“Oh, please call me DeWitt! Or, if you prefer, by the name that my sainted Maria gave me: De-Half-Witt.” He laughs boomingly, loud enough to startle into flight a flock of teals that had been sleeping on the water, which makes the governor laugh again. And if anyone were still asleep down below, they probably are not any longer. The birds’ wings flash blue in the growing light as they fly off in the beginning of a wide circle. They are gathering now, preparing to fly south.

“Thank you, DeWitt,” Arias smiles a little primly. “And you may call me Arias.”

“What an interesting given name!” The governor turns his leonine head to look at her in the half-light. “And quite lovely, if I may say. I do not believe I have encountered it before. May I ask your name’s origin, if I may ask, Mrs Arias?”

By referring to her as ‘Mrs’ the governor does not mean to imply any assumption about marital status, but uses the honorific as a class-distinction, like ‘Mistress’, but less formal. It means that he assumes that she directs servants, or slaves: she is of the upper-class.

“It is an angel’s name, DeWitt. A minor angel,” she smiles. “Specializing in herbs, and healing.”

“Indeed!” the governor smiles. “And very appropriate, I am sure! And do you, in fact, have an interest in flora, Mrs Arias? Is it to see the autumn colors that you are concerned to make the best use of fine weather?”

“Please, DeWitt, I am not a wealthy woman. Indeed all my worldly possessions are in the few trunks about this fine vessel.”

This information visibly surprises the governor.

“Good heavens, madame! Is this a one-way trip for you? Are you a pioneer? But surely not as a woman alone?” He still cannot quite bring himself to address her by name, without some form of title, but is happy to have her address him with familiarity.

“I am indeed going alone, DeWitt, but not into the wilds of the West just yet. I am traveling only as far as the capital city of De Troit,” she pronounces it in the French fashion, “to the University of Michigania there, to my appointment as a professor of classical languages and history.”

“Astonishing!” the governor exclaims. “You are a scholar, madame! And will you be teaching?”

“I hope to,” Arias says. “At least, my appointment from a Father Richard says as much.”

The governor laughs. “How the world changes. Papist university dons and lady classicist professors.”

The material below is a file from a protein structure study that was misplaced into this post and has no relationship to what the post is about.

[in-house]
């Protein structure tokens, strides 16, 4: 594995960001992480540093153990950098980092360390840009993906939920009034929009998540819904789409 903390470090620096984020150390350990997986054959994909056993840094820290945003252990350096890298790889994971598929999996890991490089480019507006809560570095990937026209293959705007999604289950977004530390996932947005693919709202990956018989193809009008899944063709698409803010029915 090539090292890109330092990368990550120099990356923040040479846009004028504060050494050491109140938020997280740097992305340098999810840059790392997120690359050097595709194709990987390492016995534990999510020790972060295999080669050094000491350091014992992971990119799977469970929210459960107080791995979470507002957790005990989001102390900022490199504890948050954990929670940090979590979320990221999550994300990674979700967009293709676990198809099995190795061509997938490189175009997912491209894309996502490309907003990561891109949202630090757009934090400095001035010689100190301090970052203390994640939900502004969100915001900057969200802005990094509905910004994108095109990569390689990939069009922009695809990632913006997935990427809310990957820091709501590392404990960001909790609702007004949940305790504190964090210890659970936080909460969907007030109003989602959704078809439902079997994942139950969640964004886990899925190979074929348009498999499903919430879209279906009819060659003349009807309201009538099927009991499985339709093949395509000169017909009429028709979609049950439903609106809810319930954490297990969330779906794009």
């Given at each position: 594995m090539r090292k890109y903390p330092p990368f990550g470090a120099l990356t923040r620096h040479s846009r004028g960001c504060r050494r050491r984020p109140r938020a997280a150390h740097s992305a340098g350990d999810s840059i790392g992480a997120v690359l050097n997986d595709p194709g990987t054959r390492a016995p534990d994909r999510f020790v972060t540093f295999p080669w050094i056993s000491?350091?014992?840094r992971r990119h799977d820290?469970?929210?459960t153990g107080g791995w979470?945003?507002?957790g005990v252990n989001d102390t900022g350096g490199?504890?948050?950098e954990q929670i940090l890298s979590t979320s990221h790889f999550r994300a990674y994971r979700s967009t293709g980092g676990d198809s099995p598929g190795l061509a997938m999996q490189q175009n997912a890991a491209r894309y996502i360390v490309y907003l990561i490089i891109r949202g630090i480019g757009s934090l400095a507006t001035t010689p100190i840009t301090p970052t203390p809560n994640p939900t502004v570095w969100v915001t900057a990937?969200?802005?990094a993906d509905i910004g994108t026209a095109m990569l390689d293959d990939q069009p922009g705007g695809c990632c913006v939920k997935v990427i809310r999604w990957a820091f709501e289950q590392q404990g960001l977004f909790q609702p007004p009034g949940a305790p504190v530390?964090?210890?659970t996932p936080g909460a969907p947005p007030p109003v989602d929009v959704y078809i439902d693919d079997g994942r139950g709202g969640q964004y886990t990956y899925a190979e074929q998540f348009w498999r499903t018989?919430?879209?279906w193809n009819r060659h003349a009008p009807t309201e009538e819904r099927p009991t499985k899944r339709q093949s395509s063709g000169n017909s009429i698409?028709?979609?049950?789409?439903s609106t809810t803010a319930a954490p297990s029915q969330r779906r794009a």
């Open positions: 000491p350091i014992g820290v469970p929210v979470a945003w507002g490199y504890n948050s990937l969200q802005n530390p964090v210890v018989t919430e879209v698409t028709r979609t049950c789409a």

“Do I still have your leave to travel the canal, DeWitt?”

“Madame,” he brushes an unruly lock of hair from his high forehead and looks at her directly, “I begin to believe that I made the canal just for such as you.”

“Oh? Then I was misinformed. I thought it was for the grain farmers?”

“Well, for them too!”

“It is not a Catholic school, though,” Arias says. “The reverend father is merely one of its founders, although, I believe, an important one. I believe it was for his sake that the Potawatomi and Ottawa nations donated a substantial gift of land to the school. I hope you are not opposed to a school for its having a Papist founder?”

“Not at all, madame, not at all.”


“Madame?” he looks at her, startled short of the reverie he was about to launch upon.

“You may address me as ‘most honorable Professor’, or as ‘Arias’. I leave the choice entirely to you.”

Clinton laughs again, like a jovial lion.

“Arias,” he resumes, “I am not in any way opposed to members of the Church of Rome, so long as they do not worship their Pope as a foreign monarch of worldly affairs, as I believe the majority of them do not. In fact I have long championed suffrage for Roman Catholics in the firm belief that they are capable of being as truly American as their Protestant brethren. And I am very pleased to meet a future professor of the university on the edge of the wilderness! This is exactly what I hoped! The spirit that you exhibit, to extend civilization westward—to free that spirit was my dearest wish in all the years when I championed this canal!” The governor waves a large hand toward the bend up ahead. “Truly,” he smiles, “it gladdens me to meet you. And are you a naturalist also? You did not want to waste a moment of taking in the glorious fall colors!”